Having considered the parties' arguments, the Court finds that a stay of this action is not warranted. To the extent that plaintiffs seek to represent two distinct classes-one for employees who performed their work at least in part in California, one for employees who performed worked wholly outside of California-the suits are not sufficiently similar to support a stay. Therefore, unlike those cases where courts have found a stay to be appropriate, the different composition of each potential class here is alone grounds for denying defendant's motion, despite any identity of named plaintiffs and their counsel.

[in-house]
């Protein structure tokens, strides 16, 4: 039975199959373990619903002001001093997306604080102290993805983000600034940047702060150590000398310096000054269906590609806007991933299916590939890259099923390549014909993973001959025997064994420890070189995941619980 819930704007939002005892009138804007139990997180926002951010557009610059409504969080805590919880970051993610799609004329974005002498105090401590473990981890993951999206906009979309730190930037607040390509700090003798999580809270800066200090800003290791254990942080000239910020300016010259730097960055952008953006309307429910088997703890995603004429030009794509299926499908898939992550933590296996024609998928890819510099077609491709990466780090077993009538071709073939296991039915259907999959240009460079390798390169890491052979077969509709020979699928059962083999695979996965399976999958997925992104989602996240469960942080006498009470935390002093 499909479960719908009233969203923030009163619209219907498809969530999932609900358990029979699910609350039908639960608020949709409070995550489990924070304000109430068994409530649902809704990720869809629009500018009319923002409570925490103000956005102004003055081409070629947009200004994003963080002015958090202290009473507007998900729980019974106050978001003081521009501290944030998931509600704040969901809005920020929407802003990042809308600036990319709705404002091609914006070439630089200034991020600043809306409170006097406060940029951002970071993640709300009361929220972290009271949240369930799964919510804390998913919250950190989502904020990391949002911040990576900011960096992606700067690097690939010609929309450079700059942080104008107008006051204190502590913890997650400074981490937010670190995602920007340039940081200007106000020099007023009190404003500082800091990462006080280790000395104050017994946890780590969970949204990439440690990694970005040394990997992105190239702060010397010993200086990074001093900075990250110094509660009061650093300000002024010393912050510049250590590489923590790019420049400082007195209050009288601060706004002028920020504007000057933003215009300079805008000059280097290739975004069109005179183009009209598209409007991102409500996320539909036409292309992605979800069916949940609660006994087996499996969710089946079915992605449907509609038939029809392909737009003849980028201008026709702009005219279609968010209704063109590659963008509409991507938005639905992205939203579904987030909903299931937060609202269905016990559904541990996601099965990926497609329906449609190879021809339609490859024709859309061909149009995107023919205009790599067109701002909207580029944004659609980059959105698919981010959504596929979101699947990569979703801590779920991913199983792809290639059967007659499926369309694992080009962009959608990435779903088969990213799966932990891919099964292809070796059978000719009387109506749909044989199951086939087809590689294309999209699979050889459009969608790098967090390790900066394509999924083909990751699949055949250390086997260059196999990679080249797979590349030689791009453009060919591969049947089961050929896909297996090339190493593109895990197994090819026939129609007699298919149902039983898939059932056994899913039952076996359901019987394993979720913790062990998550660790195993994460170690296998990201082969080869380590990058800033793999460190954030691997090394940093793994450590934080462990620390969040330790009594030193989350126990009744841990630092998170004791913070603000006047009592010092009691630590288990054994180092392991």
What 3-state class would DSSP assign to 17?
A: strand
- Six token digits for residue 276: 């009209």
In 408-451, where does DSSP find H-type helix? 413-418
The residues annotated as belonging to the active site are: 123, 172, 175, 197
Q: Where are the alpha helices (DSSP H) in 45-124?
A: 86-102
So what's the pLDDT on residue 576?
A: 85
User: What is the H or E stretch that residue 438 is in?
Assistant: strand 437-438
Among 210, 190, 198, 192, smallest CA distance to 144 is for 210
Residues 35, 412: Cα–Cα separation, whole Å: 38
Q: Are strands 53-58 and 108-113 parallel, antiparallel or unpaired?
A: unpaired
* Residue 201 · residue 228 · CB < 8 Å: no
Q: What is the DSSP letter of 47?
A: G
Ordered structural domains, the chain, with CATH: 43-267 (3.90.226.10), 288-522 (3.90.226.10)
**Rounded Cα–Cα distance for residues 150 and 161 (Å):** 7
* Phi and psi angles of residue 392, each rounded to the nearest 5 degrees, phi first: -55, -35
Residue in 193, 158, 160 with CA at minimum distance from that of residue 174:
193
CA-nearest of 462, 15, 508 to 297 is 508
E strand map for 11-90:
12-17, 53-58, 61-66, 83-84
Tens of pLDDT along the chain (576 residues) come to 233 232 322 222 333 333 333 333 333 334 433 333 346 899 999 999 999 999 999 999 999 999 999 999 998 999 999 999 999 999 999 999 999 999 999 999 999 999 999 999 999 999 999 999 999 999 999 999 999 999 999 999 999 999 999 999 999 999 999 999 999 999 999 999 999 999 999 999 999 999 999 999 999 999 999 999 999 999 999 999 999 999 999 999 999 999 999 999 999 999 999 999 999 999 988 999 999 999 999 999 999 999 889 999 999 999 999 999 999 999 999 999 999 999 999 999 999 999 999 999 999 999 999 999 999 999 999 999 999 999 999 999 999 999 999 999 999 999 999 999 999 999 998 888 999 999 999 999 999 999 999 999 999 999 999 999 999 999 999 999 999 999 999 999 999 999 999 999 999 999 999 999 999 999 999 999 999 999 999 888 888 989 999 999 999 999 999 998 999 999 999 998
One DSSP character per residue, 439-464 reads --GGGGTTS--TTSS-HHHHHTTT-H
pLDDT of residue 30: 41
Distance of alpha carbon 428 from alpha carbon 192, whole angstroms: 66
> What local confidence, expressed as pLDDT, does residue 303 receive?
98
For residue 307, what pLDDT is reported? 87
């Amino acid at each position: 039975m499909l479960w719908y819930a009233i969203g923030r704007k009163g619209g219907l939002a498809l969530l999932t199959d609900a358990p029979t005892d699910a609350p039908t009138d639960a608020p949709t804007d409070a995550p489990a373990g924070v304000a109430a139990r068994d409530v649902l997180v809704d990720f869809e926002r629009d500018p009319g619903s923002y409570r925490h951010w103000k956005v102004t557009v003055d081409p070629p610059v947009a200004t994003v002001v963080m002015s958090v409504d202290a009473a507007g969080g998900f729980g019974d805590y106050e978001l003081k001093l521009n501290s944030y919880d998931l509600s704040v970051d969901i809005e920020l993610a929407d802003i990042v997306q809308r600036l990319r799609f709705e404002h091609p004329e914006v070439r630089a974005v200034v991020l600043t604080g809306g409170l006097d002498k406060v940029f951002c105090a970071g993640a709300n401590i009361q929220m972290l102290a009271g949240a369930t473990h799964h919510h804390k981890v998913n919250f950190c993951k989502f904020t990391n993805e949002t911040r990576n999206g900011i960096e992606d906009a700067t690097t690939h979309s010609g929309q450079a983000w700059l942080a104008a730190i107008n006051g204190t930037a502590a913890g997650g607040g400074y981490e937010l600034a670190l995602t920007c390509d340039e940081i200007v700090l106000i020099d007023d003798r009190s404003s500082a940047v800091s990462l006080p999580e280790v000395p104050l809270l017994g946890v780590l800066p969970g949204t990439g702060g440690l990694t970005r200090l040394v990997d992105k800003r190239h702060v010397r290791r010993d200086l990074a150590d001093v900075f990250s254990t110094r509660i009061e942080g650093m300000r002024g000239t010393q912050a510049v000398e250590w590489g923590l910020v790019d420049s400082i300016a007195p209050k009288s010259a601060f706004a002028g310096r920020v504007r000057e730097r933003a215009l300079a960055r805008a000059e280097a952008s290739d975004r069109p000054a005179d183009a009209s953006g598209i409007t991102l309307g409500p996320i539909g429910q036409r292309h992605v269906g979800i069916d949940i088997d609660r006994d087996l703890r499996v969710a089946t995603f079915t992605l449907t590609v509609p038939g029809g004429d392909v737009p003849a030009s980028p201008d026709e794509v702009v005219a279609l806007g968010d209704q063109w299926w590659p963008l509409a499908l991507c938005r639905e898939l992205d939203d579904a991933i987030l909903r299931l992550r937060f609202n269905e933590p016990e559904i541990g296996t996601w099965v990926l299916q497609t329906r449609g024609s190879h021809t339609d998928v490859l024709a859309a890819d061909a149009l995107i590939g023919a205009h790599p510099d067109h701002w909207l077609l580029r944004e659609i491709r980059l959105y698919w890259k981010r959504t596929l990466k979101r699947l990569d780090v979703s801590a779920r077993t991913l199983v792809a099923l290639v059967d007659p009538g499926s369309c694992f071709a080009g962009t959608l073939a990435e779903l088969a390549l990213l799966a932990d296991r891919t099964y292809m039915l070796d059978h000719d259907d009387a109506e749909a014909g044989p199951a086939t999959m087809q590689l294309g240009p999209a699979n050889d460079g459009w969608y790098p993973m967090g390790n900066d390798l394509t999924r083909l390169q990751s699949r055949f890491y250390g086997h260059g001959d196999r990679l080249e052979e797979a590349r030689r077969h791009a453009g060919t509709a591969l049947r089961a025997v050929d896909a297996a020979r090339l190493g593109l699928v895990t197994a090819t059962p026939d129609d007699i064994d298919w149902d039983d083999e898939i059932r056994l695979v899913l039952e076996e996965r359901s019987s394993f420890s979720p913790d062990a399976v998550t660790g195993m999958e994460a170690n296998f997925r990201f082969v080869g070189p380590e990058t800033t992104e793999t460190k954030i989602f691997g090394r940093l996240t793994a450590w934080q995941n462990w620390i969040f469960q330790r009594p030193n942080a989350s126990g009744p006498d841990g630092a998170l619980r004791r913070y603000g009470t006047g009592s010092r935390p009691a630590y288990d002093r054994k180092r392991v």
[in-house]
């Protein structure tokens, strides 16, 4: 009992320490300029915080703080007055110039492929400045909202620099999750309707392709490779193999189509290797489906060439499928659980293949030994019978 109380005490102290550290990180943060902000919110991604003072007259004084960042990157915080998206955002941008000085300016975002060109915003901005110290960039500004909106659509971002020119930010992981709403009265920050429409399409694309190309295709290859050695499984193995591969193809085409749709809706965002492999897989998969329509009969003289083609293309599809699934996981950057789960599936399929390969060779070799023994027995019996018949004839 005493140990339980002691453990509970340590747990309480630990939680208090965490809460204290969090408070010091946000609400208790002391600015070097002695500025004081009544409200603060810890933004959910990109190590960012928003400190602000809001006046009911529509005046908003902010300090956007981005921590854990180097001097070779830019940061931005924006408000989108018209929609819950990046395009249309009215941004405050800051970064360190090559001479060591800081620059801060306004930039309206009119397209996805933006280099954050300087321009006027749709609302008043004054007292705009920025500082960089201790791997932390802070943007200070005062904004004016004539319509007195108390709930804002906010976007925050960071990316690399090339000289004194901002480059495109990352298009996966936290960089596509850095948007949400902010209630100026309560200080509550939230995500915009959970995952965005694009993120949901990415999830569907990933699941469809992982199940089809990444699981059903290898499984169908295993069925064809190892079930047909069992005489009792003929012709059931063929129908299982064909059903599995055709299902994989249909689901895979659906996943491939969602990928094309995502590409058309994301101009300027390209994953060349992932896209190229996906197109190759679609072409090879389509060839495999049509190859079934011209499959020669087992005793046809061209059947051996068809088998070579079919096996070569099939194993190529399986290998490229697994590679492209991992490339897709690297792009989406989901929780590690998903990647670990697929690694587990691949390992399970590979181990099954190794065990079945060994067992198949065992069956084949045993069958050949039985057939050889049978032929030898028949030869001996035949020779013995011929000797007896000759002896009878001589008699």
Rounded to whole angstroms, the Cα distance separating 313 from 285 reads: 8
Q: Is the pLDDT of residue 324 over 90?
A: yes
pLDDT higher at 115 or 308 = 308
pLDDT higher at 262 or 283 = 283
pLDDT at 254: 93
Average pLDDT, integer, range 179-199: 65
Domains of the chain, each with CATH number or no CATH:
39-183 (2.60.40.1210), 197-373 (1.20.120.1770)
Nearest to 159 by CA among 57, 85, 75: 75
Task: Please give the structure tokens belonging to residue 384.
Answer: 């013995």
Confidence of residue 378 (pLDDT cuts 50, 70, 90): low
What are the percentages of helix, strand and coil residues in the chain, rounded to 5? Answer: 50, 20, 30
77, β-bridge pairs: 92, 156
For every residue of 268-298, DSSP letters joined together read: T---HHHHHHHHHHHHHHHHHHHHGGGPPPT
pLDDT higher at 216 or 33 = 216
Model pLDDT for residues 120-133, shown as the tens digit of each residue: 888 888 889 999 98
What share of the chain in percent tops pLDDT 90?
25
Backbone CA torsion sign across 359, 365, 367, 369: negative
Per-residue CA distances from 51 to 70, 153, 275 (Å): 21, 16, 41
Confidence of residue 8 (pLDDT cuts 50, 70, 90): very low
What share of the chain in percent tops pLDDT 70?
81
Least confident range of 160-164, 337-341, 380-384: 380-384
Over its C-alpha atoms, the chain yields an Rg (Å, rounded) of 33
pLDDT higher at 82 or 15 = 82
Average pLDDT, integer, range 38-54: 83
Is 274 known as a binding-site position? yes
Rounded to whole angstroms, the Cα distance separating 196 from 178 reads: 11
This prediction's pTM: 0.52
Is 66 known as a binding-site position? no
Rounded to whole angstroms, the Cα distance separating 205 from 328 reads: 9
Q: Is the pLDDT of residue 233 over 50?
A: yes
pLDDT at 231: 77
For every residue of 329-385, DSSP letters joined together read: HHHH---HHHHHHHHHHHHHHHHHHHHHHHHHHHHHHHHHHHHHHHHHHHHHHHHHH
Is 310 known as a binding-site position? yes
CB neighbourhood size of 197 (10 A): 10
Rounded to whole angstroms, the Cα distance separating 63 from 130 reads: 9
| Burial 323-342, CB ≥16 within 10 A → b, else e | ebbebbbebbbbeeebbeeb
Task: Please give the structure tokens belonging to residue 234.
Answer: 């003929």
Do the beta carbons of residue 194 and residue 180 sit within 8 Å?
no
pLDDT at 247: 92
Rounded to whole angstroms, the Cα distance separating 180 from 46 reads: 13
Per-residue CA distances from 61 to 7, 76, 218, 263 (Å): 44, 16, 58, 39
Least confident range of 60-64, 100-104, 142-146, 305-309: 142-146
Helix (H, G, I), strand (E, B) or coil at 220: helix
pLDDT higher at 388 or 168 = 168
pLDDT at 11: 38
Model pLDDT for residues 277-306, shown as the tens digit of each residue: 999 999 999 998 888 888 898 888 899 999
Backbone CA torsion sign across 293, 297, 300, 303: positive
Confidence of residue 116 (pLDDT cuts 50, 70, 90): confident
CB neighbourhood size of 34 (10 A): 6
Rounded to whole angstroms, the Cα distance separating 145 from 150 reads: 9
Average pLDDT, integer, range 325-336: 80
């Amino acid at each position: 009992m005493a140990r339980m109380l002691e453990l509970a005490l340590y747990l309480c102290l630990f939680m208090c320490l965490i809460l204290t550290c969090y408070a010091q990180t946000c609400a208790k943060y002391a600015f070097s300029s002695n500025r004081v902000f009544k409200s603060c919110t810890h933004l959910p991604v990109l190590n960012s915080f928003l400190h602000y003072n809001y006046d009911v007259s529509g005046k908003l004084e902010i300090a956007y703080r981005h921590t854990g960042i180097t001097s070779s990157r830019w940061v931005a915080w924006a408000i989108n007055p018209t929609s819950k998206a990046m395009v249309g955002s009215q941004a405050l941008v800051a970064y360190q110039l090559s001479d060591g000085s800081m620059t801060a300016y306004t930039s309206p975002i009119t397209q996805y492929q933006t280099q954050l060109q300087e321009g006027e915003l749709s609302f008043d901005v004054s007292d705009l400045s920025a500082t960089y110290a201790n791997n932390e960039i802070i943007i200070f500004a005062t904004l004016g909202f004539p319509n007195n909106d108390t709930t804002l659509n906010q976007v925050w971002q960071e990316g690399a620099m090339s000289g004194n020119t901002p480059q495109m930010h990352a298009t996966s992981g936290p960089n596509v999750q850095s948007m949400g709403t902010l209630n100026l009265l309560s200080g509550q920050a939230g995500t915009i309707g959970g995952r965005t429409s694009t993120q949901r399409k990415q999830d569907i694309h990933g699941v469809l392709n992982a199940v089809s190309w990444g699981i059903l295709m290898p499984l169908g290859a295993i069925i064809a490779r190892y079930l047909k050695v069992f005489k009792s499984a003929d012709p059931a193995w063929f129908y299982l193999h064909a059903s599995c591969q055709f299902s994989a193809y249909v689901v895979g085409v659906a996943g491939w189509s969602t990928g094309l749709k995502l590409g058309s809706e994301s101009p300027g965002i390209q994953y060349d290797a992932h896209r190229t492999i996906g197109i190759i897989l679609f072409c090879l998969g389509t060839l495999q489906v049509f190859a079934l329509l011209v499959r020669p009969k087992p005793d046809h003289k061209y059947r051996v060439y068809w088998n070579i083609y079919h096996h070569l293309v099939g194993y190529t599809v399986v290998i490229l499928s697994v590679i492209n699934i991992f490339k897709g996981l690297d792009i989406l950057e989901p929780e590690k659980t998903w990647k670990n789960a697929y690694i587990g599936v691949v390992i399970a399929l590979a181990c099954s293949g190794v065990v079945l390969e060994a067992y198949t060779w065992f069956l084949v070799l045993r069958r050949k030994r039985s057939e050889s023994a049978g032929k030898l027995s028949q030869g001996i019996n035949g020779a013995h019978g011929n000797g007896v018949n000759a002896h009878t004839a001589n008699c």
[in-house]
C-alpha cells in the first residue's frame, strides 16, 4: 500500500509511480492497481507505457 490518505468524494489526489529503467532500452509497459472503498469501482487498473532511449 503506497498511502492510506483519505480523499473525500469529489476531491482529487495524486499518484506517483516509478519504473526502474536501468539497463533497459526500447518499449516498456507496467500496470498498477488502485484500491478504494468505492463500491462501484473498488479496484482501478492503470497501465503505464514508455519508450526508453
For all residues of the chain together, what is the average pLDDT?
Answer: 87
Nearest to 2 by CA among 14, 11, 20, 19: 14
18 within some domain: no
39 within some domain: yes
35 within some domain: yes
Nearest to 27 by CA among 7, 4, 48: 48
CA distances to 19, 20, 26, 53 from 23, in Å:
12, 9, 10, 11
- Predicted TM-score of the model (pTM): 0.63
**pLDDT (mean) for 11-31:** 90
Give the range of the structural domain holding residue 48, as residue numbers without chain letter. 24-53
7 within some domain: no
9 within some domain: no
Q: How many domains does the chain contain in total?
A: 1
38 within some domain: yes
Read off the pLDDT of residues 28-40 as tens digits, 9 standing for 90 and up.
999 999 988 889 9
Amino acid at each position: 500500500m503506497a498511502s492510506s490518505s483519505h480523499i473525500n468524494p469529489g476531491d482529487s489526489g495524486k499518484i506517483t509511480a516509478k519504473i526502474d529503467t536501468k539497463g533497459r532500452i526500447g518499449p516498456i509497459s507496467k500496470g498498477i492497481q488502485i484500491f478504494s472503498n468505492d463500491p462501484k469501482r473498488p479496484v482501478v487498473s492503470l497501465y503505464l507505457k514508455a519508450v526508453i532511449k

Without substantial identity between the potential classes, concerns over piecemeal litigation and the adequacy of state court proceedings to protect the rights of the federal litigants are not implicated here. Accordingly, weighing the Colorado River factors in light of the parties' arguments, the Court concludes that a stay is not warranted in the instant case.


In accordance with the foregoing, defendant's motion to stay this case is denied without prejudice.